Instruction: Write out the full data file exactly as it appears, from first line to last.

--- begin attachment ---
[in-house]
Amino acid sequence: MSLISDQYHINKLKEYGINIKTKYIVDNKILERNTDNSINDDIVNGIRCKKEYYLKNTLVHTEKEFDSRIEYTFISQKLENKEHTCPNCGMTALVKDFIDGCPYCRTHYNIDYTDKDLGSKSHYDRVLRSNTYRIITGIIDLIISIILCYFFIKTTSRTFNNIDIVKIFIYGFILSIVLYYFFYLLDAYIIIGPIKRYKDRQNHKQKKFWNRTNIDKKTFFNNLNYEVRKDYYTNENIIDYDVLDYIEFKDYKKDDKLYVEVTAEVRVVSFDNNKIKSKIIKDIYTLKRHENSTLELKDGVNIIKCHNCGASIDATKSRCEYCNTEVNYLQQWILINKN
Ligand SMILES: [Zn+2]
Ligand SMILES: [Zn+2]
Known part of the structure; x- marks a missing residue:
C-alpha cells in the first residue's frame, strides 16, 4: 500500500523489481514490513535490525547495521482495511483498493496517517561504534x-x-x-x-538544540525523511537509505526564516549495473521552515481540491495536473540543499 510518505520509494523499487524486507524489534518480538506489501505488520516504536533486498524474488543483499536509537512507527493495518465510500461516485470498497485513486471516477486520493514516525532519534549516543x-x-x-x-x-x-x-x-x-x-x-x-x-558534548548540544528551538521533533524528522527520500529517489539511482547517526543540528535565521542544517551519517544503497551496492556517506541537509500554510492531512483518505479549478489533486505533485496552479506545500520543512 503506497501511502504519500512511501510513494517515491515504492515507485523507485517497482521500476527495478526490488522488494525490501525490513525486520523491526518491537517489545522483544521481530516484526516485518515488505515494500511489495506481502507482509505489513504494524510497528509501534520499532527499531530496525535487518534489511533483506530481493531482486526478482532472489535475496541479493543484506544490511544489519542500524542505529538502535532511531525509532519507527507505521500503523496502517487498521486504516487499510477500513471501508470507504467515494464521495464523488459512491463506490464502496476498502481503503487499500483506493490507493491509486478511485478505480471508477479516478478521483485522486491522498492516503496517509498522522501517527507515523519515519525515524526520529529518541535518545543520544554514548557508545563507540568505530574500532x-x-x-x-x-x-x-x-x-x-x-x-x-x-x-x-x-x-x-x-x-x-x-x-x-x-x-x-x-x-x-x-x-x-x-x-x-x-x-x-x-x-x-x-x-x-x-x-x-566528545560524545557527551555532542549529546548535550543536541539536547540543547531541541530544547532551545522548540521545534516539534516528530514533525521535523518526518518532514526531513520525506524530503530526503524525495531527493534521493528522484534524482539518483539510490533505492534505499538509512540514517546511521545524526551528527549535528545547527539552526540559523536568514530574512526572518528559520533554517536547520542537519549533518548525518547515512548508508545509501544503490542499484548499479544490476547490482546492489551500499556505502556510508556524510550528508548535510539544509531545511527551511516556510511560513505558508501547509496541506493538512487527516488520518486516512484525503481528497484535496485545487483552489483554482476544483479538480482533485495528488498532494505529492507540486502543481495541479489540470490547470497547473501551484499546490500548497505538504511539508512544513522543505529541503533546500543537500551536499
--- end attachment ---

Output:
[in-house]
Amino acid sequence: MSLISDQYHINKLKEYGINIKTKYIVDNKILERNTDNSINDDIVNGIRCKKEYYLKNTLVHTEKEFDSRIEYTFISQKLENKEHTCPNCGMTALVKDFIDGCPYCRTHYNIDYTDKDLGSKSHYDRVLRSNTYRIITGIIDLIISIILCYFFIKTTSRTFNNIDIVKIFIYGFILSIVLYYFFYLLDAYIIIGPIKRYKDRQNHKQKKFWNRTNIDKKTFFNNLNYEVRKDYYTNENIIDYDVLDYIEFKDYKKDDKLYVEVTAEVRVVSFDNNKIKSKIIKDIYTLKRHENSTLELKDGVNIIKCHNCGASIDATKSRCEYCNTEVNYLQQWILINKN
Ligand SMILES: [Zn+2]
Ligand SMILES: [Zn+2]
Known part of the structure; x- marks a missing residue:
C-alpha cells in the first residue's frame, strides 16, 4: 500500500523489481514490513535490525547495521482495511483498493496517517561504534x-x-x-x-538544540525523511537509505526564516549495473521552515481540491495536473540543499 510518505520509494523499487524486507524489534518480538506489501505488520516504536533486498524474488543483499536509537512507527493495518465510500461516485470498497485513486471516477486520493514516525532519534549516543x-x-x-x-x-x-x-x-x-x-x-x-x-558534548548540544528551538521533533524528522527520500529517489539511482547517526543540528535565521542544517551519517544503497551496492556517506541537509500554510492531512483518505479549478489533486505533485496552479506545500520543512 503506497501511502504519500512511501510513494517515491515504492515507485523507485517497482521500476527495478526490488522488494525490501525490513525486520523491526518491537517489545522483544521481530516484526516485518515488505515494500511489495506481502507482509505489513504494524510497528509501534520499532527499531530496525535487518534489511533483506530481493531482486526478482532472489535475496541479493543484506544490511544489519542500524542505529538502535532511531525509532519507527507505521500503523496502517487498521486504516487499510477500513471501508470507504467515494464521495464523488459512491463506490464502496476498502481503503487499500483506493490507493491509486478511485478505480471508477479516478478521483485522486491522498492516503496517509498522522501517527507515523519515519525515524526520529529518541535518545543520544554514548557508545563507540568505530574500532x-x-x-x-x-x-x-x-x-x-x-x-x-x-x-x-x-x-x-x-x-x-x-x-x-x-x-x-x-x-x-x-x-x-x-x-x-x-x-x-x-x-x-x-x-x-x-x-x-566528545560524545557527551555532542549529546548535550543536541539536547540543547531541541530544547532551545522548540521545534516539534516528530514533525521535523518526518518532514526531513520525506524530503530526503524525495531527493534521493528522484534524482539518483539510490533505492534505499538509512540514517546511521545524526551528527549535528545547527539552526540559523536568514530574512526572518528559520533554517536547520542537519549533518548525518547515512548508508545509501544503490542499484548499479544490476547490482546492489551500499556505502556510508556524510550528508548535510539544509531545511527551511516556510511560513505558508501547509496541506493538512487527516488520518486516512484525503481528497484535496485545487483552489483554482476544483479538480482533485495528488498532494505529492507540486502543481495541479489540470490547470497547473501551484499546490500548497505538504511539508512544513522543505529541503533546500543537500551536499